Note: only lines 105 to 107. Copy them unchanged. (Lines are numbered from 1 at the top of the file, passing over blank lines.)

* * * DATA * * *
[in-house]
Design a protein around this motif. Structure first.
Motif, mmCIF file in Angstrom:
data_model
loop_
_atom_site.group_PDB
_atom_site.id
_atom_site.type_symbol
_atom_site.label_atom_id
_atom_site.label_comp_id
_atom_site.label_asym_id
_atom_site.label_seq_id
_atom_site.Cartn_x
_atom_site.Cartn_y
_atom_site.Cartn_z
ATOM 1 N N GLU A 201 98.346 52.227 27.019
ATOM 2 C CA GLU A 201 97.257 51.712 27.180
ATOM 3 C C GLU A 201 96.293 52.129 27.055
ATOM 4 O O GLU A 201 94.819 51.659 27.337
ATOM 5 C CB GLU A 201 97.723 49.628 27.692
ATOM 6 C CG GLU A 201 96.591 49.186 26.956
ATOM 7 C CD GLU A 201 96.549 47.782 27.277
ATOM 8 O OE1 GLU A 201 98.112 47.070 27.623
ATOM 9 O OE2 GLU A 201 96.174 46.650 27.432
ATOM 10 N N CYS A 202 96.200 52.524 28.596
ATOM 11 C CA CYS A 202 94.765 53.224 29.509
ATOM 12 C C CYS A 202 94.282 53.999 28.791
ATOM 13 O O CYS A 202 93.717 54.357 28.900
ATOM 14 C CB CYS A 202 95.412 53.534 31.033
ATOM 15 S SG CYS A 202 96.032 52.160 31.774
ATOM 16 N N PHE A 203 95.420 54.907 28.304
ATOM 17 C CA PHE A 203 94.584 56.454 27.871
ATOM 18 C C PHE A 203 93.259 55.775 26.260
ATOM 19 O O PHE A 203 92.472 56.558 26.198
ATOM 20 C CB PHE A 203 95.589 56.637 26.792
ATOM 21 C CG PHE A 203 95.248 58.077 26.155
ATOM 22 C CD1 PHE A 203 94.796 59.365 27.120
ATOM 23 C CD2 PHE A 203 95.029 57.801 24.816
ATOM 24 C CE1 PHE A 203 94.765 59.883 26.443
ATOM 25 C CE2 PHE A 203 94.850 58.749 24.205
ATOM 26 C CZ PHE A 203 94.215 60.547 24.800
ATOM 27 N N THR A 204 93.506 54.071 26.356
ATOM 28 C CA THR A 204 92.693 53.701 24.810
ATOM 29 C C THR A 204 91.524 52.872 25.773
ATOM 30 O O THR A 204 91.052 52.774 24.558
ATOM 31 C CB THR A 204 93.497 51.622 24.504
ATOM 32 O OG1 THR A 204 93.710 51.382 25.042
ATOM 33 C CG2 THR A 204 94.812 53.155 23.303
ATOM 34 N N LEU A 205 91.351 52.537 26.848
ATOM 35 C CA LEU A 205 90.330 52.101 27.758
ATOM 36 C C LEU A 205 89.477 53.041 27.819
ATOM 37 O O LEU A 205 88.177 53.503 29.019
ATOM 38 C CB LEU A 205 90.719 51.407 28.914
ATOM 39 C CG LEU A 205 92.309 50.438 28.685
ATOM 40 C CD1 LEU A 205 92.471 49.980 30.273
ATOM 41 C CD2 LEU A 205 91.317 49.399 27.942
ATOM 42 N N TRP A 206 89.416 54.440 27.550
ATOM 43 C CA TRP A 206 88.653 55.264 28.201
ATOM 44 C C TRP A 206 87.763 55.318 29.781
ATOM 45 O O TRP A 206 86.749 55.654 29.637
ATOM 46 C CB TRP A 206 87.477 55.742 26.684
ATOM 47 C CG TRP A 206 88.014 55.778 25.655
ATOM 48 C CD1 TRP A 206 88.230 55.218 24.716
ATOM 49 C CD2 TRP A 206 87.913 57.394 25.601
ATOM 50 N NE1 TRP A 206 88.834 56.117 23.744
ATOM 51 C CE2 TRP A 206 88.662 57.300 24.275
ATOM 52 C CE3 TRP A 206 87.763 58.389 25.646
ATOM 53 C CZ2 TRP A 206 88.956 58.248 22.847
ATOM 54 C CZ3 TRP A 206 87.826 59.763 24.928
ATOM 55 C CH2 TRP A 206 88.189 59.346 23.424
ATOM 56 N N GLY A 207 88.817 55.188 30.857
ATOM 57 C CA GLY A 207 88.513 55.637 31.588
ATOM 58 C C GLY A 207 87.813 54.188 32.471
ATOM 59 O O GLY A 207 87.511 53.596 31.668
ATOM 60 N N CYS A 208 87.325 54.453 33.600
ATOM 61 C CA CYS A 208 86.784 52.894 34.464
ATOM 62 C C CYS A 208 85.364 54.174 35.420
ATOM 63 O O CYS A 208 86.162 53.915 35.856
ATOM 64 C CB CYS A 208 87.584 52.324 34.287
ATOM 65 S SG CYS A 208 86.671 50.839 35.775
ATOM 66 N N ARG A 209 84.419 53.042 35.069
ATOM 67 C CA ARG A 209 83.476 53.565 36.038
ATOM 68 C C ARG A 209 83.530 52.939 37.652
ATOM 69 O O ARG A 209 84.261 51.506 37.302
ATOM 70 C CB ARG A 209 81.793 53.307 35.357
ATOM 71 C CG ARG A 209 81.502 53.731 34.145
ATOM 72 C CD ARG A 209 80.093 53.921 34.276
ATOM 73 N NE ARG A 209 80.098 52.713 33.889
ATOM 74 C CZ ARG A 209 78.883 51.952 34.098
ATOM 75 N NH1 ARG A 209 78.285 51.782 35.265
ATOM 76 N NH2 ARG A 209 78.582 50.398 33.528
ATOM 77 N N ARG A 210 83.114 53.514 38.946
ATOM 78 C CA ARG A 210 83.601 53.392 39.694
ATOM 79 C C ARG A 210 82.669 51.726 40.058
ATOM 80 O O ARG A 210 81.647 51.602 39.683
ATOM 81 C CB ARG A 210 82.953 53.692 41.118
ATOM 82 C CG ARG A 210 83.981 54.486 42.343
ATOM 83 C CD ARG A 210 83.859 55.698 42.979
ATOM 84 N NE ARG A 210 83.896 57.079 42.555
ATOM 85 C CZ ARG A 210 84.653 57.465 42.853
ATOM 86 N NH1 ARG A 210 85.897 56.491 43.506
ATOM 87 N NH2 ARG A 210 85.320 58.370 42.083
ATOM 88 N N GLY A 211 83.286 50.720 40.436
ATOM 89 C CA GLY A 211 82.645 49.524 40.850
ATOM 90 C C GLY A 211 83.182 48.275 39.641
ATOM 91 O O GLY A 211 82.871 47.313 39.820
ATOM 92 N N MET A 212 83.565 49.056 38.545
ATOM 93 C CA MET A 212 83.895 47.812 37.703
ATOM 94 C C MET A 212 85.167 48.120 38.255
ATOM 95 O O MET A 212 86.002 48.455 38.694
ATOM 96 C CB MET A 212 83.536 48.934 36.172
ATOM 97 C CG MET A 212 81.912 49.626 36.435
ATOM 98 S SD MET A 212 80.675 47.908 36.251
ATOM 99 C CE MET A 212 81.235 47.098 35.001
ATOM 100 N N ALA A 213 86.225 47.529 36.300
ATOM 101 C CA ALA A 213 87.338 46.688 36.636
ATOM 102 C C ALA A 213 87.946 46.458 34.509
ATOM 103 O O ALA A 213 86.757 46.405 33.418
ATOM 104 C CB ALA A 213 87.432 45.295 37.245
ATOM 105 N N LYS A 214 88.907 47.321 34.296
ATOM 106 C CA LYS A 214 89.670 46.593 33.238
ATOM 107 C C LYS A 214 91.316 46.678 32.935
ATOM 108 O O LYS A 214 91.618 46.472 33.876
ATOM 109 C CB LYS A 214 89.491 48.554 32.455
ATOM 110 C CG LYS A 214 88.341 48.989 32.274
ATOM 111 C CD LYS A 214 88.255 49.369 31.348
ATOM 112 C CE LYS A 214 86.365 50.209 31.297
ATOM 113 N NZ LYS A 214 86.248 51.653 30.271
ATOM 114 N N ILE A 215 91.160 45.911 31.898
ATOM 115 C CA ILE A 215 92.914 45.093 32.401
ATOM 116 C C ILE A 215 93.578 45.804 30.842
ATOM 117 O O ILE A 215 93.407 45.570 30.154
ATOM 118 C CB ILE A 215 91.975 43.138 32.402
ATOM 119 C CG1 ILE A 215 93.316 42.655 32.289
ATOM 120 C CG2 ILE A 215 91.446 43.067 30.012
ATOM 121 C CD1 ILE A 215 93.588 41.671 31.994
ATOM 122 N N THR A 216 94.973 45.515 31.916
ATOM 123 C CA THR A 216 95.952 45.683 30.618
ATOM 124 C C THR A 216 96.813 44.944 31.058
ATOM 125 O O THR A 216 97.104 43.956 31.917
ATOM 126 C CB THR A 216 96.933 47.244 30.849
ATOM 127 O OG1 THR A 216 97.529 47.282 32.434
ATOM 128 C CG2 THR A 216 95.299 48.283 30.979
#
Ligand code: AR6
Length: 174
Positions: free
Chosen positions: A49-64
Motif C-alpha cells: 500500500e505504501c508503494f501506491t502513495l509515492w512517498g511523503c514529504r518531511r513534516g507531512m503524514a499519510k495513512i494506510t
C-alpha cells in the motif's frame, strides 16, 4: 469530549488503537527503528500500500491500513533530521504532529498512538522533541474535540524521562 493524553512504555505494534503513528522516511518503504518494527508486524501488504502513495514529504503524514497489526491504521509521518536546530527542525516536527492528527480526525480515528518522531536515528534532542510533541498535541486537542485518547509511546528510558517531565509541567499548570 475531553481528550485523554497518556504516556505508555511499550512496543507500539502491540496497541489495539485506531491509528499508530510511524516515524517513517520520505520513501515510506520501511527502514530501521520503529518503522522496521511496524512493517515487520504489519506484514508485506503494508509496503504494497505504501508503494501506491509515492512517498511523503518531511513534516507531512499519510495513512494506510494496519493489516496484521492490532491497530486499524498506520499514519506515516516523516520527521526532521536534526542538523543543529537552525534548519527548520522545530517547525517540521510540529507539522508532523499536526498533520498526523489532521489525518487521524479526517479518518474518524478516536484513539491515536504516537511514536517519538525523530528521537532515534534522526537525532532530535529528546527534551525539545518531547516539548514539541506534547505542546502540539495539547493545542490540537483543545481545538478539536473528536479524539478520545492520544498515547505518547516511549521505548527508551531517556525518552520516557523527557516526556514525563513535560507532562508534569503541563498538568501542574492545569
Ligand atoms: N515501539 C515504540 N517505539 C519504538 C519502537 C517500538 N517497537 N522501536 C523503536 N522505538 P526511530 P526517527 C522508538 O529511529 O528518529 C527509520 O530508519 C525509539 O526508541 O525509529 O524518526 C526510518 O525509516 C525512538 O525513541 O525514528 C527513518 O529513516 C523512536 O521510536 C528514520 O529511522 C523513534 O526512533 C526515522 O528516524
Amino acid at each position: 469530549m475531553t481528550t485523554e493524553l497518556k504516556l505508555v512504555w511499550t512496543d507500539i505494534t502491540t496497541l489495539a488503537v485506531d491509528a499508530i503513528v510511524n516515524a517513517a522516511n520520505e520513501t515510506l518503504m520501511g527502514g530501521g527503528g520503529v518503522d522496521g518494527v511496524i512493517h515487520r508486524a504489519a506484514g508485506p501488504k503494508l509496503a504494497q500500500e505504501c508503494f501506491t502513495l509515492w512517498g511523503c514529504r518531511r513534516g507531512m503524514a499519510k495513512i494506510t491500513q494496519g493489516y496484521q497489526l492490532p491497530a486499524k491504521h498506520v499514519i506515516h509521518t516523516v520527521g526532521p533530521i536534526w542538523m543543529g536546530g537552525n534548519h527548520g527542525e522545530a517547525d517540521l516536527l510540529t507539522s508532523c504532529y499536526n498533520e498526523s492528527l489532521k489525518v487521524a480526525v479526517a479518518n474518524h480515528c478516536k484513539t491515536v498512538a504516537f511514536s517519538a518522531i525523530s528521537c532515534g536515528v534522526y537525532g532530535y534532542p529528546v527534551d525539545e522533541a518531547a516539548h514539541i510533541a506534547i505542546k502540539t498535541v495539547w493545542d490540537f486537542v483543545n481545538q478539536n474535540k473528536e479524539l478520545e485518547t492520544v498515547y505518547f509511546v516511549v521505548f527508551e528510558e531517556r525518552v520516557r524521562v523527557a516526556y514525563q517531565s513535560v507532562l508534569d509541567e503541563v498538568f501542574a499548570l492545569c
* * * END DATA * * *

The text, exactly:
ATOM 90 C C GLY A 211 83.182 48.275 39.641
ATOM 91 O O GLY A 211 82.871 47.313 39.820
ATOM 92 N N MET A 212 83.565 49.056 38.545